- Gadget Finder
- How To
- Digit Top10
Featured Hot DealsRs. 43849Rs. 43349Rs. 12499Rs. 14644Rs. 38979Rs. 35950Rs. 15294Rs. 21599
India asks U.S. to remove objectionable content from Facebook, YouTube
The Indian government has asked the US to ensure that India-specific objectionable content are removed from the social networking such as Facebook, Google and YouTube. The government also wants these service providers to set up servers in India to order to regulate the content locally.
According to a Hindustan Times report, India conveyed its concerns to visiting S deputy secretary for homeland security Jane Holl Lute. The visiting envoy was told that the U.S. should have an operating procedure that will help authorities to remove the objectionable content within a specific time period or instantaneously depending upon the situation.
It's learnt that this is not the first time the Indian government had made attempts to regulator content via a local server. Earlier this year, Research in Motion (RIM) set up an India-dedicated server, allowing the government full access to messages from BlackBerry’s popular messaging service BBM. The government has previously made attempts to get access to Yahoo and Gmail chatting/e-mails.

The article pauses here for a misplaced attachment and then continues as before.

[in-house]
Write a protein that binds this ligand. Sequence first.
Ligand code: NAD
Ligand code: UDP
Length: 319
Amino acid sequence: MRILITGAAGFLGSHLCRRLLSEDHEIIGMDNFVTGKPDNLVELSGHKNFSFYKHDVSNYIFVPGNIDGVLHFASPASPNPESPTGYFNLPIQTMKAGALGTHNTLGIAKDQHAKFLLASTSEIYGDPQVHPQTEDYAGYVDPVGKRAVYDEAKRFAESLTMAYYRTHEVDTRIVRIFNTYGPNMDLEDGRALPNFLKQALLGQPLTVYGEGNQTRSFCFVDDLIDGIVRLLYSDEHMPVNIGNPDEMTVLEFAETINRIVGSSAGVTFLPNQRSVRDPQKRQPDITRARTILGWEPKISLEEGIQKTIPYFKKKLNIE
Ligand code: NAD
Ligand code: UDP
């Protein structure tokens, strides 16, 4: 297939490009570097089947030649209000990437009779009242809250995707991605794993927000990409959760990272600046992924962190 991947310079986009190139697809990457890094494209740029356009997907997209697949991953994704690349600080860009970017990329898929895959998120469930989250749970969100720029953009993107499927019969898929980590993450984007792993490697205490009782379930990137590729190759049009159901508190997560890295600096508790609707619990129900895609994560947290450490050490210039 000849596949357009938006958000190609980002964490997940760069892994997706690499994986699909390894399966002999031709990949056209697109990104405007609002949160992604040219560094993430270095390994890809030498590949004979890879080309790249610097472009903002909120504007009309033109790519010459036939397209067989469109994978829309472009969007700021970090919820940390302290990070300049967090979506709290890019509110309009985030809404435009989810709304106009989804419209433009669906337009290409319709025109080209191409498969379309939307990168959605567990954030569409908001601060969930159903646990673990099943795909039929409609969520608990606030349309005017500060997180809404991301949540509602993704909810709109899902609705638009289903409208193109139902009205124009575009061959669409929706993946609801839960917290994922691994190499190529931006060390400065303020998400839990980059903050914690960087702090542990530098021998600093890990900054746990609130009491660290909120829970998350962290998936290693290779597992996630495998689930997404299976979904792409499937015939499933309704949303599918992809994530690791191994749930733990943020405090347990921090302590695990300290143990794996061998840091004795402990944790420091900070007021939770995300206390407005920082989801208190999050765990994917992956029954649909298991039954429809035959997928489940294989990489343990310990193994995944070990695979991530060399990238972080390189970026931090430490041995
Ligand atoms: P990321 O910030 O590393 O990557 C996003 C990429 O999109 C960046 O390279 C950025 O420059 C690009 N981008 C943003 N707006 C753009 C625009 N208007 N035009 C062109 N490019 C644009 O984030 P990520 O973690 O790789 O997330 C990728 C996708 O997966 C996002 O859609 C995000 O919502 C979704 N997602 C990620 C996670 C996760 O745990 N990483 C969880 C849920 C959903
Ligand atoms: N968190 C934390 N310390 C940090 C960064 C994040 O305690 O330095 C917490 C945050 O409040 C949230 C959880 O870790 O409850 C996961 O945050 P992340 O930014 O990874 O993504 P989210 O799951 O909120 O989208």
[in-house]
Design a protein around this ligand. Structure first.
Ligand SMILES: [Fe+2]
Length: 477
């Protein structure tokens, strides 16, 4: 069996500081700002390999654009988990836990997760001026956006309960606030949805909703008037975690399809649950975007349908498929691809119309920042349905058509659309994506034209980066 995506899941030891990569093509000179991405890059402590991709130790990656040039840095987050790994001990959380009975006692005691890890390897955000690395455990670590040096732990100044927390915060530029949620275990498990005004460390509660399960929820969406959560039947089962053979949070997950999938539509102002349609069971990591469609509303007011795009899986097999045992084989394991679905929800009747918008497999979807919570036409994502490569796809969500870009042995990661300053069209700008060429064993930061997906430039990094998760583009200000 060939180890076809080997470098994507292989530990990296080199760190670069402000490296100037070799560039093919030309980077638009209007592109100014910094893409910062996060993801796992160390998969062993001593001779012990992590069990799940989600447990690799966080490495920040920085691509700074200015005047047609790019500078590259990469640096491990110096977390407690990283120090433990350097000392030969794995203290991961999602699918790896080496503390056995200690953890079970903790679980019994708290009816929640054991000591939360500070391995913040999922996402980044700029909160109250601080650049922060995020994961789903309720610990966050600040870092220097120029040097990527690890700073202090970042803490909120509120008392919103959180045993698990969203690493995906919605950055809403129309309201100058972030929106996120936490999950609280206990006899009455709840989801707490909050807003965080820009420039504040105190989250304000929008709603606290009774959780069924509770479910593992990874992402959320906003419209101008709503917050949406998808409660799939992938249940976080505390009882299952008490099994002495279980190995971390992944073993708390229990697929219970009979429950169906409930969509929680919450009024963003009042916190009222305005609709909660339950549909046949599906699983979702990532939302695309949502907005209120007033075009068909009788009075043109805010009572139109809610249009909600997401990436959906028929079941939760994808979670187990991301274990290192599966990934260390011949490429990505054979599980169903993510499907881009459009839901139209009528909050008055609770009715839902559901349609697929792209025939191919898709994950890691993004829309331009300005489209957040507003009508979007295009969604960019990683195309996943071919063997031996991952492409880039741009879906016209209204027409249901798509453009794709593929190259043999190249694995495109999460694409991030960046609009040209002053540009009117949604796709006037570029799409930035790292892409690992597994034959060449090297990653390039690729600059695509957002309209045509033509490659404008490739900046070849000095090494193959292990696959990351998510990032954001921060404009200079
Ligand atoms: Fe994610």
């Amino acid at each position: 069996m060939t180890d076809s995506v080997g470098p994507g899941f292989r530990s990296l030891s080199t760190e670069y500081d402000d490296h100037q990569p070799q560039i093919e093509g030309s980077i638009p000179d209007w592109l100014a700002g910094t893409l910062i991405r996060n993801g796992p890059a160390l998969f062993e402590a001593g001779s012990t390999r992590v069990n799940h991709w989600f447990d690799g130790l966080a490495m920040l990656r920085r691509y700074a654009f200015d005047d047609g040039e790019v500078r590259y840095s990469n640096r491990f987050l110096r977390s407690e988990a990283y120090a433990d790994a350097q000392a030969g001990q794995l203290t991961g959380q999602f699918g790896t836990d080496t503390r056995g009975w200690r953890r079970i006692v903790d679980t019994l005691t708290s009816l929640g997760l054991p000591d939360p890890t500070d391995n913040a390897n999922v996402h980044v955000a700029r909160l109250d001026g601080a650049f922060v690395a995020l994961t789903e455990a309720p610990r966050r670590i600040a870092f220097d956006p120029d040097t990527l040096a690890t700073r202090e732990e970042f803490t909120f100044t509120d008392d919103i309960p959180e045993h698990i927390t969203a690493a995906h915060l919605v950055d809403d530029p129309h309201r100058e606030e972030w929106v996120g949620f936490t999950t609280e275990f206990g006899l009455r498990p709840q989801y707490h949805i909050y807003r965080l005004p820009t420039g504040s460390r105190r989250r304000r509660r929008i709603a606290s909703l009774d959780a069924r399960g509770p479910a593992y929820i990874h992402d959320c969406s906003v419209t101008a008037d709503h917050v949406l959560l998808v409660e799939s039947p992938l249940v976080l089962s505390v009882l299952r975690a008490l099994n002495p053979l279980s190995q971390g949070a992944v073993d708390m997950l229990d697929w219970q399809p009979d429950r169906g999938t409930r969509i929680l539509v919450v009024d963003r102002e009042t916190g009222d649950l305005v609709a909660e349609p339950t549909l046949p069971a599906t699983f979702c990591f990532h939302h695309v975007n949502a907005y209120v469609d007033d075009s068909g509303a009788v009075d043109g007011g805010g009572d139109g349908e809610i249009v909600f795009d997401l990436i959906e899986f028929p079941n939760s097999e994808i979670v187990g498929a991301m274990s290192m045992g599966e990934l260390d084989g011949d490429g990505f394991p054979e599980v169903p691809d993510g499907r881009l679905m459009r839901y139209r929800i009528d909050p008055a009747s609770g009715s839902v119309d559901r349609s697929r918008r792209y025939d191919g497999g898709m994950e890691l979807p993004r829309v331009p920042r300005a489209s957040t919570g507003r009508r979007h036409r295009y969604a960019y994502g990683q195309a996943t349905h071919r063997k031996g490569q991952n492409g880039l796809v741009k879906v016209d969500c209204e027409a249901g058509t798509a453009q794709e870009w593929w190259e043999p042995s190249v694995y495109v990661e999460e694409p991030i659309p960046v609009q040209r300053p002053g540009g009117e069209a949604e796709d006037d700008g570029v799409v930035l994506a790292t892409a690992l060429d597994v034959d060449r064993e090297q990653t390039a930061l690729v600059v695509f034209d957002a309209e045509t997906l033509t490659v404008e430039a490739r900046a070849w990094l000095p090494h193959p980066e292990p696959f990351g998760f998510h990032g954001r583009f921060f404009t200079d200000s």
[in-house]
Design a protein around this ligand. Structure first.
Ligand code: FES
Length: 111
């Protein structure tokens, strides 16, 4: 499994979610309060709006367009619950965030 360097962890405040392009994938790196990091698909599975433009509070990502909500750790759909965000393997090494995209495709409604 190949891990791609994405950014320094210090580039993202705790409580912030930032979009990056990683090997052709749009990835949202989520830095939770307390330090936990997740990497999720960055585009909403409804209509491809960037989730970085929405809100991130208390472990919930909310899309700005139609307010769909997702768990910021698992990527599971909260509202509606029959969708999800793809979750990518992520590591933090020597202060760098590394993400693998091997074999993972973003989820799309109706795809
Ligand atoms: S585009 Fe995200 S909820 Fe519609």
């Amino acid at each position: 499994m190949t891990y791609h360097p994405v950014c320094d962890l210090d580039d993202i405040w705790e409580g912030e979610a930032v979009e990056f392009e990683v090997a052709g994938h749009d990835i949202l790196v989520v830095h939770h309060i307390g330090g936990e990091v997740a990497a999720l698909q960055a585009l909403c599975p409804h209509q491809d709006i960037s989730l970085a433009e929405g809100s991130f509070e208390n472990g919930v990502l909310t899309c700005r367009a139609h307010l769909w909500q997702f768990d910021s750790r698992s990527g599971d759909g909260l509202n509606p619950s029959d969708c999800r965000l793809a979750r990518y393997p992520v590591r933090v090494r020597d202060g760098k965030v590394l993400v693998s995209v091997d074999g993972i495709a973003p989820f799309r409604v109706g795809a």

The development comes at a time when the Internet companies are locked in a web censorship. Social sites such as Facebook are facing trial in India for allegedly hosting objectionable content. A Delhi court recently ordered issuing summons to Facebook via e-mail after the U.S-based social networking company didn't show up in the court despite several summons issued against it. Read our full coverage on web censorship row here.
Source: Hindustan Times
- Delhi court to summon Facebook via e-mail
- Indian Army personnel asked to quit social networking sites
- Govt. wants social media sites to work within laws
Listed under tags :Popular Gadget Deals
Recommended StoriesPut your views on... quick poll
Loading...Popular Gadget Deals
FREE DownloadsIntel® Hardware Accelerated Execution Manager
Intel® HAXM) is a hardware-assisted virtualization engine ...
Powered by Nokia